Romanians bite back, put fans in their place
So you’re still really worked up over the final play of the San Francisco 49ers-New York Giants playoff game on Sunday, huh? Too bad — we’re not going there, girlfriend. There’s a much bigger story on the sports wires this week.
In an effort to control fans, a Romanian soccer team is constructing a moat around their field, and filling the moat with crocodiles.
There — just let that sink in for a minute. Got it? Should I repeat the crocodile part?
When I first read about this the other morning, a wave of calm and serenity rushed over me, as if all of the Kenny G albums ever made had been combined into one soothing musical number. The pure genius of this concept is hard to describe. Hats off to the Romanians, who frankly have not been pulling their weight in the great idea department for these past few centuries. They were due, and they came through in a big way.
Here are the details: Steaua Nicolae Balcescu, a fourth-division professional team, was facing expulsion from the league due to repeated incidents of crowd shenanigans. And so club chairman Alexandra Cringus did what came naturally — ordering workers to dig a moat around the soccer field, “wide enough so that no one could manage to jump over it. Anyone who attempted to do so would have to deal with the crocs.”
In the absence of overzealous fans dropping in, the reptiles would be fed on meat scraps from a local slaughterhouse.
“I think the problem of fans running onto the pitch should be solved once and for all,” Cringus said.
Oh, we know what you’re thinking: “Will the moat be heated?” Yes. With underwater pipes. Also, it will be far enough from the field so that players don’t accidentally fall in. But if the ball should bounce in there, then man, unwrap a new one, cause that ball is lost.
Two thoughts immediately come to mind on this. The first: “Cool!” The second: We need similar measures instituted here in the U.S. But here in The States, it is not the fans who need to be kept from the field, but rather the players who need to be kept from the fans.
In Eastern Europe, you see, they have their priorities straight. Athletes compete, and fans become enraged at the outcome and run amok. That’s the way God intended things to work in sports, and it’s even the way we conducted ourselves here in America until very recently.
Now, in the U.S., it is the fans who sit on their hands, barely showing interest. If you don’t believe me, have you been to a professional baseball game in the Los Angeles area recently? The Angels have to show film clips of a deranged monkey to get people to clap. And the Arizona Cardinals wrack their brains every week trying to figure out ways to get people to even show up.
Then there are the actual athletes. We’ve got Roger Clemens throwing pieces of baseball bat at Mike Piazza, triggering a bench-clearing brawl. We’ve got NBA players pummeling Shaquille O’Neal on a nightly basis, trying to make us watch him shoot free throws (shudder!). Fights abound in the NHL, where fisticuffs are now actually scheduled around TV commercials. And how about boxing? Shouldn’t we build a moat around the next Mike Tyson press conference?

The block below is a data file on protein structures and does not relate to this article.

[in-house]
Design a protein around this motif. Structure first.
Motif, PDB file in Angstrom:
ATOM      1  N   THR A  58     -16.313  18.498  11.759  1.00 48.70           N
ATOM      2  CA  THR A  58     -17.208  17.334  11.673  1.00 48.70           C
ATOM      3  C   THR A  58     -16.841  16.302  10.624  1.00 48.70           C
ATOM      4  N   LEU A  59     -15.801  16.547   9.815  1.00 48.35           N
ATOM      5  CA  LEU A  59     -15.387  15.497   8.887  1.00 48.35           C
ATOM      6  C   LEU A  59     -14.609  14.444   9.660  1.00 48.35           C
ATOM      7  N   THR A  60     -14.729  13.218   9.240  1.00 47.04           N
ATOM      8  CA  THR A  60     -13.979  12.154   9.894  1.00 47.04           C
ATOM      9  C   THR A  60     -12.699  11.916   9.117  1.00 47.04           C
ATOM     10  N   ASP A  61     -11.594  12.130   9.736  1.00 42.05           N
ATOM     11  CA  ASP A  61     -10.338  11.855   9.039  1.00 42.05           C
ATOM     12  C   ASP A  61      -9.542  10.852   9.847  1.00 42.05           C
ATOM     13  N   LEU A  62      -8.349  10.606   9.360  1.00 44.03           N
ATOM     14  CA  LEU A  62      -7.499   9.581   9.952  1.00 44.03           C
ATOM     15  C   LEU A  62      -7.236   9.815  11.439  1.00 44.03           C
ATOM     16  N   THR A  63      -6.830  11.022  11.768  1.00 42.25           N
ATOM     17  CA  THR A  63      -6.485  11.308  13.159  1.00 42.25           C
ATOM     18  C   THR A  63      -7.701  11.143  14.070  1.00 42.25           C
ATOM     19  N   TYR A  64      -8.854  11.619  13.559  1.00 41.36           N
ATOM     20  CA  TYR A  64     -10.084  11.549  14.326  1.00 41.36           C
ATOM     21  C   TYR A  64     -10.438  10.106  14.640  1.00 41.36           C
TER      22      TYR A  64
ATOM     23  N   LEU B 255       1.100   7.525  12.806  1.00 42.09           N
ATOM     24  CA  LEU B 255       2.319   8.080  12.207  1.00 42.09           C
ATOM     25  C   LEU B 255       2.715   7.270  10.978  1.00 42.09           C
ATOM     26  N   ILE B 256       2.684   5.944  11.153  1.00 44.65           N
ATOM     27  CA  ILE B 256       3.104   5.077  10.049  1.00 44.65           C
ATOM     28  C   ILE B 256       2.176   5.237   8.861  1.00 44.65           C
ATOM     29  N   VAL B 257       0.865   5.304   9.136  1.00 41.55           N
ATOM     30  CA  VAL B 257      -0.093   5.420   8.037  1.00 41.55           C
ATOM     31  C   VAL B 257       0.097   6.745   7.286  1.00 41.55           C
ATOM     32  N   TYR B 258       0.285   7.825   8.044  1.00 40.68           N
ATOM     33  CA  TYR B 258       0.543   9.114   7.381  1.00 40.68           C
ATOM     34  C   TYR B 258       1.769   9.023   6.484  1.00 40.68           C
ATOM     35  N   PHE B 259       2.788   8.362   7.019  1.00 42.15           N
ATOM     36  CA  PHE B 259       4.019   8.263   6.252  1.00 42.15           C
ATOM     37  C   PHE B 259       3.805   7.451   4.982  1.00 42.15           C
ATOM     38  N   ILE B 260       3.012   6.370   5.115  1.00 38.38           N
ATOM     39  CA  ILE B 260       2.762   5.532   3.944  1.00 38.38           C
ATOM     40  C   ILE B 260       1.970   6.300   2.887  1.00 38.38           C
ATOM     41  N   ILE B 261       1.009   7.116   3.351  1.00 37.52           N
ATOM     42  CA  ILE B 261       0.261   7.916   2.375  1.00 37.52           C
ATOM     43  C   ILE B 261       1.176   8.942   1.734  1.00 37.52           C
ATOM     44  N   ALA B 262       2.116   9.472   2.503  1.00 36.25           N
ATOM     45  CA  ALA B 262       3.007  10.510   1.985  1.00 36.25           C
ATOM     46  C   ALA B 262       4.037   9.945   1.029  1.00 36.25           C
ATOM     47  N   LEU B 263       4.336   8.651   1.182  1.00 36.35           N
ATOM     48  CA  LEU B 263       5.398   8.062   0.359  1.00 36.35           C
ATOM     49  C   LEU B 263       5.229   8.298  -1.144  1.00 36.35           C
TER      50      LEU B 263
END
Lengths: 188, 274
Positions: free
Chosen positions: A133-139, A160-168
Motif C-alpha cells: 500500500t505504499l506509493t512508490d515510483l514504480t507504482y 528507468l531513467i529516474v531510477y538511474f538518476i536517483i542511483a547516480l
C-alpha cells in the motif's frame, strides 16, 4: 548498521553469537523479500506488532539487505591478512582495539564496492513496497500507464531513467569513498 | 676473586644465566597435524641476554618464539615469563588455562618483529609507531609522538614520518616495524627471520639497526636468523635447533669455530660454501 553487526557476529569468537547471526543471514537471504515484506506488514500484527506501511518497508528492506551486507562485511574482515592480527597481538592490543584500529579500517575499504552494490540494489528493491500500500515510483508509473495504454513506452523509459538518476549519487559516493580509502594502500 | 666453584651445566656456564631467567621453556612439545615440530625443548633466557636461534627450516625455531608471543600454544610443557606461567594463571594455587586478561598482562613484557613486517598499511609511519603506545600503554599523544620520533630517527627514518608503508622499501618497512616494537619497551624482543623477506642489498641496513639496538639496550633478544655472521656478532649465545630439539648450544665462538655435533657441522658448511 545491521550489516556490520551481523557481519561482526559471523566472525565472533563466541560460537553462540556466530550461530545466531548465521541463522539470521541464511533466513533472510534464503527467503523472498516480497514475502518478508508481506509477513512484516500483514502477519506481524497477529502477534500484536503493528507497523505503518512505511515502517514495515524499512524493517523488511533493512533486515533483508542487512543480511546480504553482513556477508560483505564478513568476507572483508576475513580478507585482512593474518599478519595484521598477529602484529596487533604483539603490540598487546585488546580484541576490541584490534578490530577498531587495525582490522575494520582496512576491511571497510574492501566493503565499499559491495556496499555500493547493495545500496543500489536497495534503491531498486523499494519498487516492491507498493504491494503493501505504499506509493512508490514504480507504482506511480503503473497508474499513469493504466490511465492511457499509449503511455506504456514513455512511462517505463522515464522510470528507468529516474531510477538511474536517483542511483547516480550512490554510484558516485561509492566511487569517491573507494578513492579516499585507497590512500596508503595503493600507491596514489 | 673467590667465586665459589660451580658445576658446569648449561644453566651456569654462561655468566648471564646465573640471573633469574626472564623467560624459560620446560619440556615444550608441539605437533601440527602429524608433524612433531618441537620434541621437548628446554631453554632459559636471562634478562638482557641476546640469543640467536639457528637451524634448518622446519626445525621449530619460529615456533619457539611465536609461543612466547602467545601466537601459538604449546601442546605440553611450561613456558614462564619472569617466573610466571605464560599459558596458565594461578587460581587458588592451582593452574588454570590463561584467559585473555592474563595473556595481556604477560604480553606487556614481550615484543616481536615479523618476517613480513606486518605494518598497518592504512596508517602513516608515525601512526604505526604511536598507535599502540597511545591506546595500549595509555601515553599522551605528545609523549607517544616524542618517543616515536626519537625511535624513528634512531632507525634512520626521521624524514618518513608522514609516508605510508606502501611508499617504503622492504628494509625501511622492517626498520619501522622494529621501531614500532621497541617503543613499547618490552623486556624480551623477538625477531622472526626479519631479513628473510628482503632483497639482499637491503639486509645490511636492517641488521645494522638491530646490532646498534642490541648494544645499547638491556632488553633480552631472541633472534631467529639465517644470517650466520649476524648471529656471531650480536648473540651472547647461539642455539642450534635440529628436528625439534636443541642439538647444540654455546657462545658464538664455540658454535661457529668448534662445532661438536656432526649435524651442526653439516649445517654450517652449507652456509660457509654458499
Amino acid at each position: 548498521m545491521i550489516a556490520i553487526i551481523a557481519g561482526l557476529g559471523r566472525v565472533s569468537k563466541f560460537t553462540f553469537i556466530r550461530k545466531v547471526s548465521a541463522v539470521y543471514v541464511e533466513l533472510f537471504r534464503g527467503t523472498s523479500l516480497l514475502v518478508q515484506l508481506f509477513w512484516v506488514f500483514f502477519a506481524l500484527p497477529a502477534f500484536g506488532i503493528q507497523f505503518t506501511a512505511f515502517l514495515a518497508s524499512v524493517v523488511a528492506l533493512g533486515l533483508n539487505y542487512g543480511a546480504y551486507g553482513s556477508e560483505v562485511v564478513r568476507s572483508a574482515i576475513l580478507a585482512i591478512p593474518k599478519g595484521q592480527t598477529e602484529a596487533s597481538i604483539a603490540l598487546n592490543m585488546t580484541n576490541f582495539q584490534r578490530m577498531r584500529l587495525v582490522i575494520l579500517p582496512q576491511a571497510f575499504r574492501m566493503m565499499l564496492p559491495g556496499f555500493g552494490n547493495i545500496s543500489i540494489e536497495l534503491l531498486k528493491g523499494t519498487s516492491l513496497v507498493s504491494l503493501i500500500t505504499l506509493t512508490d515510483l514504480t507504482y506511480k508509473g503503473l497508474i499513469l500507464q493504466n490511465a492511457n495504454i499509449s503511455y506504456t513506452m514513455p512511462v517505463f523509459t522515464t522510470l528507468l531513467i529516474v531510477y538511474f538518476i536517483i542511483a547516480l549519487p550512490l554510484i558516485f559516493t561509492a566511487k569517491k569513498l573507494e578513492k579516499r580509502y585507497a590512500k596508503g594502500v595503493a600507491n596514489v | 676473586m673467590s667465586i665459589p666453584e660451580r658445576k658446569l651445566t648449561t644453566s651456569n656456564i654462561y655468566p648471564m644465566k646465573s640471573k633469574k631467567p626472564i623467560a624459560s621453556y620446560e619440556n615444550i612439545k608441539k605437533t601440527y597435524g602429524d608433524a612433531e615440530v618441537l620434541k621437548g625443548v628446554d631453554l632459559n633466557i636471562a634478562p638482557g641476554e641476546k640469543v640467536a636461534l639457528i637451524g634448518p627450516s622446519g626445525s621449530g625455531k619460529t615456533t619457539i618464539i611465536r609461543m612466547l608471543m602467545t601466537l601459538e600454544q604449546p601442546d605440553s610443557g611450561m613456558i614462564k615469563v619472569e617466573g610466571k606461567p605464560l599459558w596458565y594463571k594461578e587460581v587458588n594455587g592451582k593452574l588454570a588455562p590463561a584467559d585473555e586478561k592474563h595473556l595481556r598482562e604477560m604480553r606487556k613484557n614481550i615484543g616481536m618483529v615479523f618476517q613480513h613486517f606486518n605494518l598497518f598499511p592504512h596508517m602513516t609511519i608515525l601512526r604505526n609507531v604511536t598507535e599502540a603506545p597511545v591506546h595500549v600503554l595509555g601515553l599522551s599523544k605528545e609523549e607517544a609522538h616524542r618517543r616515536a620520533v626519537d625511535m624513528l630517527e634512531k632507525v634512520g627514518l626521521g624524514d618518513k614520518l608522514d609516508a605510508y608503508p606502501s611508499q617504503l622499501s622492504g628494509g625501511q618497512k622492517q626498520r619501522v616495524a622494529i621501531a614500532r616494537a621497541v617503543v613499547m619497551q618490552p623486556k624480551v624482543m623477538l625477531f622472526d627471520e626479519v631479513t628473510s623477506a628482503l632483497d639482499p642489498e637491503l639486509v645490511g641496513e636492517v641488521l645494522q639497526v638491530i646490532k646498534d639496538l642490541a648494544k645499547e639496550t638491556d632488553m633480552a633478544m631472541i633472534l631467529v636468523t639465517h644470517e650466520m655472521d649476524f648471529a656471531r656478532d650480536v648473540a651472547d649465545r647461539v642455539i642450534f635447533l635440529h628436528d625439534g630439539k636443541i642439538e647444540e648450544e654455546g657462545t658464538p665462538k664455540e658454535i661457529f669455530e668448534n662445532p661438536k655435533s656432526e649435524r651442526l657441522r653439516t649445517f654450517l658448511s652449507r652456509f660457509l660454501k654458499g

But the worst disgrace is the NFL, which has become an activity exclusively devoted to trash-talking, cheap shots and physical intimidation. It really is out of hand — I would no more let my son or daughter near an NFL playing surface than I would let them play in a nuclear waste facility. The thought of one of them coming into contact with radioactive sludge, or the Giants’ Jeremy Shockey, just sends shivers up and down my spine.
And so we Americans need a burst of Romanian inspiration. We propose that each NFL stadium be equipped with restraining apparatus, to keep the players as far removed from the fans as possible. Building a moat and filling it with dangerous beasts is a fine start, but we have to take the idea to the next level.
Each stadium should have its own signature barrier. Tampa Bay could have the moat — that would fit nicely with the pirate ship motif. Dallas could have a herd of longhorn cattle, which, when trouble arises, could be made to stampede between the players and the fans, like you see in a lot of western movies. And how about quicksand? The sight of Terrell Owens slowly sinking into the earth, until only his helmet remains on the surface, might dissuade other players from going into the stands to autograph a ball during the game.
And if you decide to go with the moat (and we don’t blame you), there are other ways to fill it besides using crocodiles. How about piranha fish? It’s
said that a school of hungry piranha could strip Gilbert Brown to the bone in less than 20 minutes. That would be sweet.
These are ideas to start with, that’s all we’re saying. Our professional athletes are totally out of control, and need to be sequestered. We can’t let
the Romanians beat us to the punch in this department. Thank you.
Ooh, wait! … an electrified fence. There’s a good one. See you next week.
Rick Chandler’s interactive sports column, Capacity Crowd, can be found at NBCSports.com. You can contact him at RickChand@earthlink.net.
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